The band holds practices every Tuesday afternoon and anyone interested in joining the After School Band can contact Terry Moon through the Trail Alliance Church.

Just Posted

Pedestrian killed on Highway 22 Saturday evening

Police say 51-year-old man died after being hit by car

UPDATE: DriveBC says highway re-opened after accident

Highway 22 closed for seven hours on Saturday

Forestry workers set to begin job action in Kootenays

Operations in Castlegar, Cranbrook, Galloway, Elko, Radium, Golden may see job action this week.

Métis Flag flies in Trail on Louis Riel Day

Area students, officials and public attend flag raising at Trail City Hall

Early Trail borrowed a couple of names from the U.S.

Place Names: Connection between Trail and Butte, Montana

Saving salmon: B.C. business man believes hatcheries can help bring back the fish

Tony Allard worked with a central coast First Nation to enhance salmon stocks

High-end B.C. house prices dropping, but no relief at lower levels

But experts say home ownership remains out of reach for many for middle- and lower-income families

Worker killed in collision at B.C. coal mine

Vehicle collision occurred at approximately 10:45 a.m. this morning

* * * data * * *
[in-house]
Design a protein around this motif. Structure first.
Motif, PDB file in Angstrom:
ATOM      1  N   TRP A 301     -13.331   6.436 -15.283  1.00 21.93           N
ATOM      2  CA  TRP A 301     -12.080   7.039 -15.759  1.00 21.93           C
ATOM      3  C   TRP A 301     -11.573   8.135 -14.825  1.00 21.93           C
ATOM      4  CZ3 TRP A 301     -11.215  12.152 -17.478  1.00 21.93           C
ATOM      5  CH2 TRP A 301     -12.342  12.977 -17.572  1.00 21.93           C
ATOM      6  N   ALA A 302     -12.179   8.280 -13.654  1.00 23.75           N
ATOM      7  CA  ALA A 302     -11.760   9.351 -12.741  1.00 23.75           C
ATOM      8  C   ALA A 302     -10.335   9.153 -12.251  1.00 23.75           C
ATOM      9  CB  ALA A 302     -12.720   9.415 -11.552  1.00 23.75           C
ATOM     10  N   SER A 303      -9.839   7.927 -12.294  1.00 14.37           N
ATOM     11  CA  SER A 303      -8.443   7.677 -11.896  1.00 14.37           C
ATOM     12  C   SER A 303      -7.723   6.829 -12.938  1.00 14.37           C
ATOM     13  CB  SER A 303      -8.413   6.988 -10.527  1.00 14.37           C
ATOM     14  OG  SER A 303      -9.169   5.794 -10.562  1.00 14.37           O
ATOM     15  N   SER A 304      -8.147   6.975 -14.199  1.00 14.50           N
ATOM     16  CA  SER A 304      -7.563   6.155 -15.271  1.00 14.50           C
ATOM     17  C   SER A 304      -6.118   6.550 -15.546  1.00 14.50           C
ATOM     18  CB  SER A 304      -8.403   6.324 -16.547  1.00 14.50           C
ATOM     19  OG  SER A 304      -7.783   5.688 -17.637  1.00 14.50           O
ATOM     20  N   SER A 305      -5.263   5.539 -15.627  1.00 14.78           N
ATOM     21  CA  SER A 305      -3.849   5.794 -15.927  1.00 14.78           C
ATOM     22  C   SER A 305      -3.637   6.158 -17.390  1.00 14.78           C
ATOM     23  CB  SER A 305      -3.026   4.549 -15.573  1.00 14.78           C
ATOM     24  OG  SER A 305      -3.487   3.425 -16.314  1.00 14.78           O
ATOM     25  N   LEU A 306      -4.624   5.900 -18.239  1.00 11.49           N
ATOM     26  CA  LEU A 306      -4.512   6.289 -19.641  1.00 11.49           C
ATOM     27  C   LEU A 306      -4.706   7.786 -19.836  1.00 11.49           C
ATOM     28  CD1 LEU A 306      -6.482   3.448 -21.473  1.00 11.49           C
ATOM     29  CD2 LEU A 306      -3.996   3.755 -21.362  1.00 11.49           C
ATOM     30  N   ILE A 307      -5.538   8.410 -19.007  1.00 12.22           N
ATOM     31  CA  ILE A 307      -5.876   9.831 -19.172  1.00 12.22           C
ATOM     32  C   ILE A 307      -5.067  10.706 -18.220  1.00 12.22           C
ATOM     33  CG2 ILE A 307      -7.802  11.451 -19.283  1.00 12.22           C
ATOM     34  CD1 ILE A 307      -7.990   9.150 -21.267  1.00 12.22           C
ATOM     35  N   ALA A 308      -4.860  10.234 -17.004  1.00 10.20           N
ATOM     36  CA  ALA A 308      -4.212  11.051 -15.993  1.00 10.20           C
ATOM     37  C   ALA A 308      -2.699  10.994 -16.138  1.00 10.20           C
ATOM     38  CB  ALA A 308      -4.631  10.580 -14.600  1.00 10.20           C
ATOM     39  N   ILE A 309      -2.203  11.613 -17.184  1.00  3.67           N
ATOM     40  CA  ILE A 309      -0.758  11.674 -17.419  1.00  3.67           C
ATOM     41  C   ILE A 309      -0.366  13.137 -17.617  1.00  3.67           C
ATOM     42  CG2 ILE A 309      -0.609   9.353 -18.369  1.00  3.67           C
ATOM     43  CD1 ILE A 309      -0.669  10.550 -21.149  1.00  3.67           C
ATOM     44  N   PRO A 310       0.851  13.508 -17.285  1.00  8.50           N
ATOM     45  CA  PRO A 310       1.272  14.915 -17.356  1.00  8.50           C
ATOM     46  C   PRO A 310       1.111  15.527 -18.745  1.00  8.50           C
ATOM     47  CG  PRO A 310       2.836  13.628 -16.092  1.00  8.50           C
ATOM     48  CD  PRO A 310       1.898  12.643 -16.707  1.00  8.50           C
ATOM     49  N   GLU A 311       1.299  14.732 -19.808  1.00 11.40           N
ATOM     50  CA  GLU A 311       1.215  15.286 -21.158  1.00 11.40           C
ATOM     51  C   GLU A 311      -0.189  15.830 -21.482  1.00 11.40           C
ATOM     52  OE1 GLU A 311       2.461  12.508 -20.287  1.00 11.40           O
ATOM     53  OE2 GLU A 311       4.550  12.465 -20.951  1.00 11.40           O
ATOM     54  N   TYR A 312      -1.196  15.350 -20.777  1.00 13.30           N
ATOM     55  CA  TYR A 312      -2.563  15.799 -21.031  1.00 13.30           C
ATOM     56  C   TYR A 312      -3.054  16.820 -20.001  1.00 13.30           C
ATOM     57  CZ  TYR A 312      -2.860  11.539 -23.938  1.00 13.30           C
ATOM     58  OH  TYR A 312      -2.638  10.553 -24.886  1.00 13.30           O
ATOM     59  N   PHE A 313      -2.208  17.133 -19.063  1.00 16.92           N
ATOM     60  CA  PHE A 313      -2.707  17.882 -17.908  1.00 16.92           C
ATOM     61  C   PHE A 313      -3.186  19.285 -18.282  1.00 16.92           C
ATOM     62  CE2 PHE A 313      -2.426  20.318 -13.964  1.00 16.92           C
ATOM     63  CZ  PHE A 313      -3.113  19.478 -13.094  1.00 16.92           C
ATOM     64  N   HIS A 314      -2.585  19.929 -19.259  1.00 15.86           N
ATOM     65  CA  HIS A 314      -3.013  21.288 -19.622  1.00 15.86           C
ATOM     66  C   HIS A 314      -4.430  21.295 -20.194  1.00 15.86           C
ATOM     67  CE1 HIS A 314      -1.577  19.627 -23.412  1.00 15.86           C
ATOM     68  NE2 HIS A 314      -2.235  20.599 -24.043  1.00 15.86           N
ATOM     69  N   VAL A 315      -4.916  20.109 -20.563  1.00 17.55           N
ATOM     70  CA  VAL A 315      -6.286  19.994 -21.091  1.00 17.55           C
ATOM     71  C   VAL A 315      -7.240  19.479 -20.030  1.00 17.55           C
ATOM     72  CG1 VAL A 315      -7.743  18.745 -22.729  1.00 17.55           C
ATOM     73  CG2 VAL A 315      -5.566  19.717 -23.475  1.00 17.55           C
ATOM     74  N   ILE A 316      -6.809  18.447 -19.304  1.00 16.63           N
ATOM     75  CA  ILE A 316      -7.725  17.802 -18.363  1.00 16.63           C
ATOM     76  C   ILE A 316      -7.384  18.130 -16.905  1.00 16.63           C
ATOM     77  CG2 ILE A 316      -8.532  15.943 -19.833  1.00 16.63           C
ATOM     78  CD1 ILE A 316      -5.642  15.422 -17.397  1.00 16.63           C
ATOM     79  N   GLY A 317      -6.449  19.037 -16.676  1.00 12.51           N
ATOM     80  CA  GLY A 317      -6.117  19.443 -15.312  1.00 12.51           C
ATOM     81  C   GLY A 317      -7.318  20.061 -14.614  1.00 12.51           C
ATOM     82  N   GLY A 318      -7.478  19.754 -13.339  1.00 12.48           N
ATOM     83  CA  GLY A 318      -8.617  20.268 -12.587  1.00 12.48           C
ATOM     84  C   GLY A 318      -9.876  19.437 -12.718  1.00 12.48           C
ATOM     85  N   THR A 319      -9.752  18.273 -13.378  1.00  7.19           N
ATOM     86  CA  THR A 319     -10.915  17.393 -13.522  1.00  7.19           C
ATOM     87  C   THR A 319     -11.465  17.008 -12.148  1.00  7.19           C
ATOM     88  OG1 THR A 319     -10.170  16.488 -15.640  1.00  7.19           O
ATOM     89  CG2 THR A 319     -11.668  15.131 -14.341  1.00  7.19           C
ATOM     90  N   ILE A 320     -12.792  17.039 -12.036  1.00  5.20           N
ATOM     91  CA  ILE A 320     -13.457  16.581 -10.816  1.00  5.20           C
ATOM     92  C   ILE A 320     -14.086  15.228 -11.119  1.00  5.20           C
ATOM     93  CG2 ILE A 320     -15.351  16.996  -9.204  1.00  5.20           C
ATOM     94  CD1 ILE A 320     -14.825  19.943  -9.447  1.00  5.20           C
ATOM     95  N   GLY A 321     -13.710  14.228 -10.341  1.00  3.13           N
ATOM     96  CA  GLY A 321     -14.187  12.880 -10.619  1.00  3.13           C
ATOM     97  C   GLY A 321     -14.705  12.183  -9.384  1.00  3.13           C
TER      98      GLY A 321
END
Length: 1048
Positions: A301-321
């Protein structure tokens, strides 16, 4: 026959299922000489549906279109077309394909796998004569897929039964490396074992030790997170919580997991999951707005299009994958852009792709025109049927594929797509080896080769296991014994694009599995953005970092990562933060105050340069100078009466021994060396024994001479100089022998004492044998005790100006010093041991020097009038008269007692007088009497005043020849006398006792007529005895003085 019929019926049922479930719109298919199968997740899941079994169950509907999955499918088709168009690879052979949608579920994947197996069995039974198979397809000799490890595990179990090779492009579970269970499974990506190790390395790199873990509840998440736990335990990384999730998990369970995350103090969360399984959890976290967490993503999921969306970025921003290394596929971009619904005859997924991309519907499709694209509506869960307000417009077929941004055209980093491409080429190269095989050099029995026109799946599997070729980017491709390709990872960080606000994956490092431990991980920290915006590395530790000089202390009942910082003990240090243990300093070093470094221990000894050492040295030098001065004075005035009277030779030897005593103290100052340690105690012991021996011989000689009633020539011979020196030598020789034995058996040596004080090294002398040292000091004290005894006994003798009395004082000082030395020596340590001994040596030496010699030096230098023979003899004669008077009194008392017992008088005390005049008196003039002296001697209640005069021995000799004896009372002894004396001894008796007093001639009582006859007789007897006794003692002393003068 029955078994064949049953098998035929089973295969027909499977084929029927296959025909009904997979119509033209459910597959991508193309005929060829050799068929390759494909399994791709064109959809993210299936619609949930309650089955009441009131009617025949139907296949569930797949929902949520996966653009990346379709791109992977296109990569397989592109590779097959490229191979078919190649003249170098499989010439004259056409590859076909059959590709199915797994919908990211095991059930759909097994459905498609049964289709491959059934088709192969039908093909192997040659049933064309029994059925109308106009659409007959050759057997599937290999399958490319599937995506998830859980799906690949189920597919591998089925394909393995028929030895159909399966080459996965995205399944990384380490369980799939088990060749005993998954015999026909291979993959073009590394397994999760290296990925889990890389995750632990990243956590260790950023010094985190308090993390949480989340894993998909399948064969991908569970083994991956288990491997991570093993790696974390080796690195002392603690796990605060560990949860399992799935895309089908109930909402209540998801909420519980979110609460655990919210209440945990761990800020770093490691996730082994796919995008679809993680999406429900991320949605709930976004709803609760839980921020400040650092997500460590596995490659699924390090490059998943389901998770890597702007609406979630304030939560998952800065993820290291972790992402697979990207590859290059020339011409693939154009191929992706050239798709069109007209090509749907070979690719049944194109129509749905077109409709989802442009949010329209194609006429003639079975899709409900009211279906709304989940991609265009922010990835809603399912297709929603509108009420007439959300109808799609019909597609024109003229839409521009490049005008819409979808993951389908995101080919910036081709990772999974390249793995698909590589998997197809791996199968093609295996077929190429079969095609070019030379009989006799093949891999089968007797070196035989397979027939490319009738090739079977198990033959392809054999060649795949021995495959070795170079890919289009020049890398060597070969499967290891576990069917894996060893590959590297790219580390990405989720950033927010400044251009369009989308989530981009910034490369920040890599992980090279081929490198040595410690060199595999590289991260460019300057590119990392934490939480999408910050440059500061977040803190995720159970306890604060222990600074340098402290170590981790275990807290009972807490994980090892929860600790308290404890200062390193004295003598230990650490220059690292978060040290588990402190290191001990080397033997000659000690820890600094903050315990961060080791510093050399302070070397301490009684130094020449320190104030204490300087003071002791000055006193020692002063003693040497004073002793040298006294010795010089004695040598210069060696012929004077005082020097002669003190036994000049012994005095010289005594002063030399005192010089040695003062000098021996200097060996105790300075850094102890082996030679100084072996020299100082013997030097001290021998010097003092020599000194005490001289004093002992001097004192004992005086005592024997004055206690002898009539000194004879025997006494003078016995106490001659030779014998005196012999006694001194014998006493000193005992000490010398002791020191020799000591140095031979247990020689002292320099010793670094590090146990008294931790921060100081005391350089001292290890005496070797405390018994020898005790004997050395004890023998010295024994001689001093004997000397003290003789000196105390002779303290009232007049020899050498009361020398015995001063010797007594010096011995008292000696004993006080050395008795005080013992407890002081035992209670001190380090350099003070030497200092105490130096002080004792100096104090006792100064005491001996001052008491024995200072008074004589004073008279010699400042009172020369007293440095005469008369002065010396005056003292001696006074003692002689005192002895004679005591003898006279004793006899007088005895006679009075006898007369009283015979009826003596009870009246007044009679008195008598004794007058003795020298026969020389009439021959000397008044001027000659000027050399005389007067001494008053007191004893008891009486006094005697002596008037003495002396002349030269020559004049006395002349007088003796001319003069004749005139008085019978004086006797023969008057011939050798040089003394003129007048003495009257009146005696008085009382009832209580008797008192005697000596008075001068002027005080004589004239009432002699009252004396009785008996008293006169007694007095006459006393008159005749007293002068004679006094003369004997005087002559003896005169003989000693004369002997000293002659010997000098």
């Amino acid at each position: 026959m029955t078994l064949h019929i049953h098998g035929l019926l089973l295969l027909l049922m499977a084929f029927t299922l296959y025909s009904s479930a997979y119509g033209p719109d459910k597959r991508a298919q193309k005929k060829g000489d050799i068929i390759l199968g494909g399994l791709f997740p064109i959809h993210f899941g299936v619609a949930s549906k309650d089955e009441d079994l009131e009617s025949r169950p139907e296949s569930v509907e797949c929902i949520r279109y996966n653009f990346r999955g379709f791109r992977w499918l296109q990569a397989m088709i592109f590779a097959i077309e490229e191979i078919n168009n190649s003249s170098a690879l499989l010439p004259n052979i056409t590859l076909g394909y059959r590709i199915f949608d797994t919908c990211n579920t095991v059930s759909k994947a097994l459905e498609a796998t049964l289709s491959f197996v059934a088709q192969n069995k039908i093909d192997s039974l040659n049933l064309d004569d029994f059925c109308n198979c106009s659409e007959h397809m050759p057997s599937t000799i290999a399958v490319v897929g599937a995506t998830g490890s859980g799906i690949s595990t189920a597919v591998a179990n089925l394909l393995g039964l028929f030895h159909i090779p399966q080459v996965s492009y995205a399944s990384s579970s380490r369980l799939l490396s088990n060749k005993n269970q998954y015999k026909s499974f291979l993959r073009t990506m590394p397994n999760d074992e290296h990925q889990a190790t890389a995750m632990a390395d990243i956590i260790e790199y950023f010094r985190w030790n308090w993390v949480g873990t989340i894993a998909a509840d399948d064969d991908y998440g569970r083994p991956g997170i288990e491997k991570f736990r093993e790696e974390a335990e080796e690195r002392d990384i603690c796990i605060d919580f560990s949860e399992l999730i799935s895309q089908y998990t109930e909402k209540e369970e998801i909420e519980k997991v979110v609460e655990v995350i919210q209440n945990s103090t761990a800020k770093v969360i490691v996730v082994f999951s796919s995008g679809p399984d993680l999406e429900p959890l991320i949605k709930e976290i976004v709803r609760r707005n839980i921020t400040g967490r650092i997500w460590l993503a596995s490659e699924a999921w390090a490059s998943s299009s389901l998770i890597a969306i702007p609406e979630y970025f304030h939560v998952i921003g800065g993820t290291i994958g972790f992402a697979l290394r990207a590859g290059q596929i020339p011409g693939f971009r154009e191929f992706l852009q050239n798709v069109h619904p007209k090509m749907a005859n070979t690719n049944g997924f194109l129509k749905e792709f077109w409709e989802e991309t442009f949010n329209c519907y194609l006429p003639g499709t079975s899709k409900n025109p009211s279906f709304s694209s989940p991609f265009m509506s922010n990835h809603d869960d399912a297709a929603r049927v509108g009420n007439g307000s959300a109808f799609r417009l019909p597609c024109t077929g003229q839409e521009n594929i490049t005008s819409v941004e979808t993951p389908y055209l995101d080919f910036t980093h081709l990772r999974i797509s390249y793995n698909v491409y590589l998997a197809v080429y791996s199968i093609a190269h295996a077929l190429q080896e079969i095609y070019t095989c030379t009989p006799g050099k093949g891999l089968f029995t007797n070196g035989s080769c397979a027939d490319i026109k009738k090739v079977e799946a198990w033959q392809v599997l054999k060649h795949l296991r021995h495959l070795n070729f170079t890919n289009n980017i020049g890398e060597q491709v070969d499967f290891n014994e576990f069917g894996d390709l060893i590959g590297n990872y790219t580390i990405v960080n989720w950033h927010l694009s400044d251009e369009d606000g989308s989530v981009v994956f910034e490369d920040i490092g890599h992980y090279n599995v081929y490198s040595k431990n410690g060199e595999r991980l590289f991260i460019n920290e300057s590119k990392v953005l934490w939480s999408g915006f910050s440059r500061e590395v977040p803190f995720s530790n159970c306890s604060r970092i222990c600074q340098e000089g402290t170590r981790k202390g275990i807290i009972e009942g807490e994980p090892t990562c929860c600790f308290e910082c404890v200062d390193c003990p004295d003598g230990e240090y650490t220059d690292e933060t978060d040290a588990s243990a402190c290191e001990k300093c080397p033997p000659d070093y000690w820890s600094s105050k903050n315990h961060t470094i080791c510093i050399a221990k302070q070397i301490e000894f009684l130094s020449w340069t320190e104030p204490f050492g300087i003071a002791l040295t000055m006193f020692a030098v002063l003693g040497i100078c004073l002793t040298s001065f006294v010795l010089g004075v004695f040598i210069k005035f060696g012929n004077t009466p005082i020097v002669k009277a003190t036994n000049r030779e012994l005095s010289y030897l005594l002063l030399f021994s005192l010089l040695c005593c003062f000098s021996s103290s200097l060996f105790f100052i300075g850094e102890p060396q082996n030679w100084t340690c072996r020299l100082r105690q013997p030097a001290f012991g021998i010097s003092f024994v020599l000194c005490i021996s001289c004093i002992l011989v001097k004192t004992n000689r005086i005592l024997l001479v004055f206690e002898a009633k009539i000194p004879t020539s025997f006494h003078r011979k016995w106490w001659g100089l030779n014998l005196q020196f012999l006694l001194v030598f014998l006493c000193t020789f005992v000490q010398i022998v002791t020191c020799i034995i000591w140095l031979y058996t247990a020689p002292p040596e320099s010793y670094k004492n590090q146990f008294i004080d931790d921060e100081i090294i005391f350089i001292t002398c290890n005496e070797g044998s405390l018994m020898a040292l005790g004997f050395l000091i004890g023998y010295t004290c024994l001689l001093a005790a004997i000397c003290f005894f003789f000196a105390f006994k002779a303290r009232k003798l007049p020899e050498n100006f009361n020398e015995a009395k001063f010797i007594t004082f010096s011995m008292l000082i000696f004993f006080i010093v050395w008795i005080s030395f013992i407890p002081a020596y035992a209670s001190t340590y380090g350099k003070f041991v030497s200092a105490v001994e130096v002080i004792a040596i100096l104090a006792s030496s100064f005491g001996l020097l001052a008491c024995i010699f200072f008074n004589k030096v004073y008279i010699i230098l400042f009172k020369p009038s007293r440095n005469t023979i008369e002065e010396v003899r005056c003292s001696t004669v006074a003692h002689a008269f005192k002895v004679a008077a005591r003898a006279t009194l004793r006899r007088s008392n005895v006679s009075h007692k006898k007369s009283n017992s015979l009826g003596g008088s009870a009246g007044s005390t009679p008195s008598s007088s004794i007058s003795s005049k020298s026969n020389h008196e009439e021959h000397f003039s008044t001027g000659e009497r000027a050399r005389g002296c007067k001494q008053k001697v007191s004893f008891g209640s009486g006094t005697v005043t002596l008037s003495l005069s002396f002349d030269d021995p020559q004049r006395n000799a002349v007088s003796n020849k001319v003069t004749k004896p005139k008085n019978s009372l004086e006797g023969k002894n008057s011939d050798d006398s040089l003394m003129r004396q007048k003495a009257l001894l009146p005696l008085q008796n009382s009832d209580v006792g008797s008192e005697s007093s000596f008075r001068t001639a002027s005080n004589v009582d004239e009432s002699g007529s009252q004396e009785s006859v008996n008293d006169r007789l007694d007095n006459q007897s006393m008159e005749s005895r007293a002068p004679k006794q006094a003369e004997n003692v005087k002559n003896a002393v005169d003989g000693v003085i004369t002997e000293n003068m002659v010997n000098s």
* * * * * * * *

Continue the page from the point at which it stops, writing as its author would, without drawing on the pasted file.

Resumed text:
B.C. asking for tips on ‘dirty money’ in horse racing, real estate, luxury cars

Action follows a Peter German report on money laundering in B.C. casinos

Canadian dead more than a week after plane crash in Guyana: Global Affairs

Global Affairs said it couldn’t provide further details on the identity of the Canadian citizen

Children between 6 and 9 eligible for $1,200 RESP grant from province

BC Ministry of Education is reminding residents to apply before the deadline

Victoria spent $30,000 to remove John A. Macdonald statue

Contentious decision sparked controversy, apology from mayor

Privacy concerns over credit card use for legal online pot purchases

Worries follow privacy breaches at some Canadian cannabis retailers

NEB approves operating pressure increase to repaired Enbridge pipeline

The pipeline burst outside of Prince George on Oct. 9, now operating at 85 per cent

Most Read